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To Kill A Mockingbird Scout's Point Of View

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“You never really understand a person until you consider things from his point of view” (Harper Lee). Every exceptional piece of literature requires certain elements to make it extraordinary; Harper Lee was an amazing writer and portrayed this in her writing. One of her novels, To Kill a Mockingbird, was remarkably well written and expressed itself in a way some novels can’t. Among the many characters found in To Kill a Mockingbird, Scout is my favorite. She is the narrator of the novel, and her point of view can be amusing, but she also shifts your own point of view to consider things from hers. Scout is a young girl who ages from eight to nearly ten throughout the story, and embarks on a journey of adventure and discovery. Scout is a young tomboy who is bursting with curiosity, and always learning something new. Her naivety is amusing and childish and she expresses it frequently. “Miss Caroline, he’s a Cunningham.” (Scout 20). She expects everyone to know everything, often landing herself in awkward situations and receiving punishments for her efforts. Scout unintentionally wraps herself in trouble and always has to find a way out of it...or learn a lesson. This habit of hers is amusing and entertaining to …show more content…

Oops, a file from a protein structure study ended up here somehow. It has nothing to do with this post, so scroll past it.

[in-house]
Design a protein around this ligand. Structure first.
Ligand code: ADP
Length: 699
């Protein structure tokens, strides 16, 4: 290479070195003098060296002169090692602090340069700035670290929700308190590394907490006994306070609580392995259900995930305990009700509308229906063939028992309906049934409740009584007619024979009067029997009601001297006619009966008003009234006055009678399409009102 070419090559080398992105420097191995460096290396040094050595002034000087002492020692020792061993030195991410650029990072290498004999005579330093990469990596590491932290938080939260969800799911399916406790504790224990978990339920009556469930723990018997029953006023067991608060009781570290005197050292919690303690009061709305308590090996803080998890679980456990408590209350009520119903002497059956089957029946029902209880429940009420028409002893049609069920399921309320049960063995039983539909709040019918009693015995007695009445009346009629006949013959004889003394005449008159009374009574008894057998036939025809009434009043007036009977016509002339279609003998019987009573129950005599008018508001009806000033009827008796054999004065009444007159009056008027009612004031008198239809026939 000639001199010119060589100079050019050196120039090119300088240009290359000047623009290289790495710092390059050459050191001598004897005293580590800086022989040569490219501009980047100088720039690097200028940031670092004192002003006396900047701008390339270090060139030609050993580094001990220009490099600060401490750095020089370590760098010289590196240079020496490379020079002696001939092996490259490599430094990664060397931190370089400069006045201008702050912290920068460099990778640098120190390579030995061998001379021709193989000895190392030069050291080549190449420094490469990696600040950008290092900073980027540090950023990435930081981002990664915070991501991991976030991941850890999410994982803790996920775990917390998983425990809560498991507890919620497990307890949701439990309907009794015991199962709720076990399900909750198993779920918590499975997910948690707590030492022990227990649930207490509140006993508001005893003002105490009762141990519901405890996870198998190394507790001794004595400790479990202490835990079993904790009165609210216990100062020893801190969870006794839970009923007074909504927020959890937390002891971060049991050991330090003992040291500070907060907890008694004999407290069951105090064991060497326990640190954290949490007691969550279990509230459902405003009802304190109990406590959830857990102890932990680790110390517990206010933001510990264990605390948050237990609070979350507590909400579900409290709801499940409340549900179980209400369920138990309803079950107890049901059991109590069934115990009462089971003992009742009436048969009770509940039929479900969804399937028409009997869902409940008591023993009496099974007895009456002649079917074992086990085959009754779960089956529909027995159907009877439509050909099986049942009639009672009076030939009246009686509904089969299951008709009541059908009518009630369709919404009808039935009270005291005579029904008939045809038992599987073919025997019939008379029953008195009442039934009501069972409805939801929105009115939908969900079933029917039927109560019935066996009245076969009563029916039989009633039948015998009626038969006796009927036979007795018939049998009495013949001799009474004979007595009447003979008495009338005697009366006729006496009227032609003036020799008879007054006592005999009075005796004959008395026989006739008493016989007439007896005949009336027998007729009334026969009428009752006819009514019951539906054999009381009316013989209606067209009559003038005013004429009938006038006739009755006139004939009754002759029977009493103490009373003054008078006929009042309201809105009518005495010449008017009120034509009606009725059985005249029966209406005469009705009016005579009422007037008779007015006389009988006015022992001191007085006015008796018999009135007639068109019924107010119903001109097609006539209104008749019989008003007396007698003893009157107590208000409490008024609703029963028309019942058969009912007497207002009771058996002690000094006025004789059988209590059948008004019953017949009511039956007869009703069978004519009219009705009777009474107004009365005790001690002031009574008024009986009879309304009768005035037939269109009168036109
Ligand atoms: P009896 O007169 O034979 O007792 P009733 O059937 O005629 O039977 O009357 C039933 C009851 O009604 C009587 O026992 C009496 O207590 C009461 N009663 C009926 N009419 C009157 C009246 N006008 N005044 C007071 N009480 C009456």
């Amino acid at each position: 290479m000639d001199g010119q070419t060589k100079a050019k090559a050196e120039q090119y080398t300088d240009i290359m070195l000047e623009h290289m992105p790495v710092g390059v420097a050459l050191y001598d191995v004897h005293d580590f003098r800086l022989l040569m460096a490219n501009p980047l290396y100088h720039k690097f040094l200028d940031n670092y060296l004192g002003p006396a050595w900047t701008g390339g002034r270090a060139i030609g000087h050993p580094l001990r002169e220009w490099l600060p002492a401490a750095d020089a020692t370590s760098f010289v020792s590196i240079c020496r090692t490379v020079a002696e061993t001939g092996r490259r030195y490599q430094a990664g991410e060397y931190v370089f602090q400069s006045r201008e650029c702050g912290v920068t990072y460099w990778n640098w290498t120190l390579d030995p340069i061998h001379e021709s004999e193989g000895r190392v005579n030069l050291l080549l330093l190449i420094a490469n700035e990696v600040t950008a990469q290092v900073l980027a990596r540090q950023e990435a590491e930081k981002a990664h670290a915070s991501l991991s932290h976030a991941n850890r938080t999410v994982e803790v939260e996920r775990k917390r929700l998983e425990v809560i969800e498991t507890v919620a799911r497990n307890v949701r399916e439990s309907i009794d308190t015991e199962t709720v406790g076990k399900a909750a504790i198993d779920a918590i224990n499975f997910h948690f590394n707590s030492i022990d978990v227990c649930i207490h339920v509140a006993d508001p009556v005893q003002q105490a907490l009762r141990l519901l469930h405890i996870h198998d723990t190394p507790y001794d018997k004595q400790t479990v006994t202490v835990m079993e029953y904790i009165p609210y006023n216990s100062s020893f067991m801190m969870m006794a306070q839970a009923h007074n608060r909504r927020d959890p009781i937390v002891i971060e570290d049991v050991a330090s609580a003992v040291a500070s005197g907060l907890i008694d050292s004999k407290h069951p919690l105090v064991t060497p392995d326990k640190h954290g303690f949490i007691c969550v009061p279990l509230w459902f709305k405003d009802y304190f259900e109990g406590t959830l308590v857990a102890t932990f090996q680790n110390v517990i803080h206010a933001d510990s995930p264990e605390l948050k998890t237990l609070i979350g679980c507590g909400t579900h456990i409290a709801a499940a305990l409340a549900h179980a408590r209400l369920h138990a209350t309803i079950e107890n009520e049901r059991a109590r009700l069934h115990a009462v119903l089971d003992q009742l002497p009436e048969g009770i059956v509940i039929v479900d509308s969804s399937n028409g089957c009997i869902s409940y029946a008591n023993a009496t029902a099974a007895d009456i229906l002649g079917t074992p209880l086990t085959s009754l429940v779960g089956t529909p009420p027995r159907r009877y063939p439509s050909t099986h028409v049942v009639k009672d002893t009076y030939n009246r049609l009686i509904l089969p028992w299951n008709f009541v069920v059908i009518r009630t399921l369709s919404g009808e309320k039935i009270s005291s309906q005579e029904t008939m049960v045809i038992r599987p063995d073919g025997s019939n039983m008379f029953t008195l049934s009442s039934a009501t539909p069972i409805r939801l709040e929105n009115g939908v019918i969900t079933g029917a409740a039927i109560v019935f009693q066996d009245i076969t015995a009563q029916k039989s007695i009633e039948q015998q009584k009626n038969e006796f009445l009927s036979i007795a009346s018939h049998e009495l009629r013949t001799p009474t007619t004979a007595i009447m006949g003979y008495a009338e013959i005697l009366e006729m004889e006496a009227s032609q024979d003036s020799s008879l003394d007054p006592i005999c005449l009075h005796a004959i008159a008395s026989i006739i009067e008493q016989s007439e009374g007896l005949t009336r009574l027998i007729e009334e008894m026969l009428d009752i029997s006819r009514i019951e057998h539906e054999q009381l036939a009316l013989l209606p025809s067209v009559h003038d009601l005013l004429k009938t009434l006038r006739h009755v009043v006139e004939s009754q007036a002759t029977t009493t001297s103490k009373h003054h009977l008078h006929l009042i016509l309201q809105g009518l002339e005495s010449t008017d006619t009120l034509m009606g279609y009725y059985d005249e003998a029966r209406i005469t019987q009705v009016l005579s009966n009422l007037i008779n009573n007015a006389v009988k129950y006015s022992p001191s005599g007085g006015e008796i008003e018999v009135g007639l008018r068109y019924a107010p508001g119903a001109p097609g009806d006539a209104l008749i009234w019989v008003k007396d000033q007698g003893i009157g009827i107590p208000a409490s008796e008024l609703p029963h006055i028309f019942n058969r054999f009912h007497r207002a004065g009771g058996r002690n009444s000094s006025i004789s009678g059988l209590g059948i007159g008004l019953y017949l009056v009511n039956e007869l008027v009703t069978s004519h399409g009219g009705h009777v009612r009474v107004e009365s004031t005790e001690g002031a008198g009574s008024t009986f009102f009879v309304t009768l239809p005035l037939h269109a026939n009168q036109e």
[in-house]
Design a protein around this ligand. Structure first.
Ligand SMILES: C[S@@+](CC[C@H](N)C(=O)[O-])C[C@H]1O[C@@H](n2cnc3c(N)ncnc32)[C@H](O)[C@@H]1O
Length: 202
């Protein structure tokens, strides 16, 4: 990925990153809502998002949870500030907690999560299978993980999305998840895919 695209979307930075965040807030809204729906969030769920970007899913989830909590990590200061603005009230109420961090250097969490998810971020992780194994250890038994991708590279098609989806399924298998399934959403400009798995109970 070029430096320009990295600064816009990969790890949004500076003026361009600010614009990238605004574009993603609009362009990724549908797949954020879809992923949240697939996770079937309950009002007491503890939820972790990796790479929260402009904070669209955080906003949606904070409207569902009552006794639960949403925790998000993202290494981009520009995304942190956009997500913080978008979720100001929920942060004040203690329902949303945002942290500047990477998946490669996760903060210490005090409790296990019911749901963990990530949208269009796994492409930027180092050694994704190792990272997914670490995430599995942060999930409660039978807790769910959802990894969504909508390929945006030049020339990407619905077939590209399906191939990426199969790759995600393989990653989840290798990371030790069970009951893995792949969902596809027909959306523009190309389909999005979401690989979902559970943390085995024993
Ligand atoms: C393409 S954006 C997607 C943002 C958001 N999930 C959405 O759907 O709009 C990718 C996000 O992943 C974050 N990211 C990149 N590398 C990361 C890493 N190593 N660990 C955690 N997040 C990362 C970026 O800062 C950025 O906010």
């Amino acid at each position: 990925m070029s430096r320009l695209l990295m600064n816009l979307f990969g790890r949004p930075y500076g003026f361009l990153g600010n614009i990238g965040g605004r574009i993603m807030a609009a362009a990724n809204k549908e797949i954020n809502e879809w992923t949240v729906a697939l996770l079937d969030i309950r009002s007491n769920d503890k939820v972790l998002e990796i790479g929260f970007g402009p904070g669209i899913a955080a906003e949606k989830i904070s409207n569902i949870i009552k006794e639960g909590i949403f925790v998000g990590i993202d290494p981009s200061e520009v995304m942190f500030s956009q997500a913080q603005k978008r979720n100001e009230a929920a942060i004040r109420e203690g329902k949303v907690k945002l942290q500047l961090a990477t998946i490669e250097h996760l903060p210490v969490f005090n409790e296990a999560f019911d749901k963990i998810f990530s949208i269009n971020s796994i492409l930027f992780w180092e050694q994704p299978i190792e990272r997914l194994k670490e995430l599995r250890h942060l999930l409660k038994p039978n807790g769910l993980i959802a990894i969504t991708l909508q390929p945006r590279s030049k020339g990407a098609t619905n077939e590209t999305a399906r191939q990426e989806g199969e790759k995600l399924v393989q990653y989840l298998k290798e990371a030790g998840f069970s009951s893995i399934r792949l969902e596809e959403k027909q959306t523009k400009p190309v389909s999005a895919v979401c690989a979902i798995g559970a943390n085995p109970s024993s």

“Hey, Mr. Cunningham. How’s your entailment gettin’ along?” (Scout 153). Surrounded by a mob of men, Scout and Jem jump to their father’s defense, and Scout thinks the solution is to converse with Mr. Cunningham to make them depart. As the dilemma sorts itself out, the solution Scout thought was obvious was the correct way to remedy the issue, and it proves that adults, with their understanding of society, won’t notice the solution Scout did. This situation proves that, in some circumstances, a child’s view on the world is more beneficial than an adult’s. Her view on life proves useful at the end of the novel

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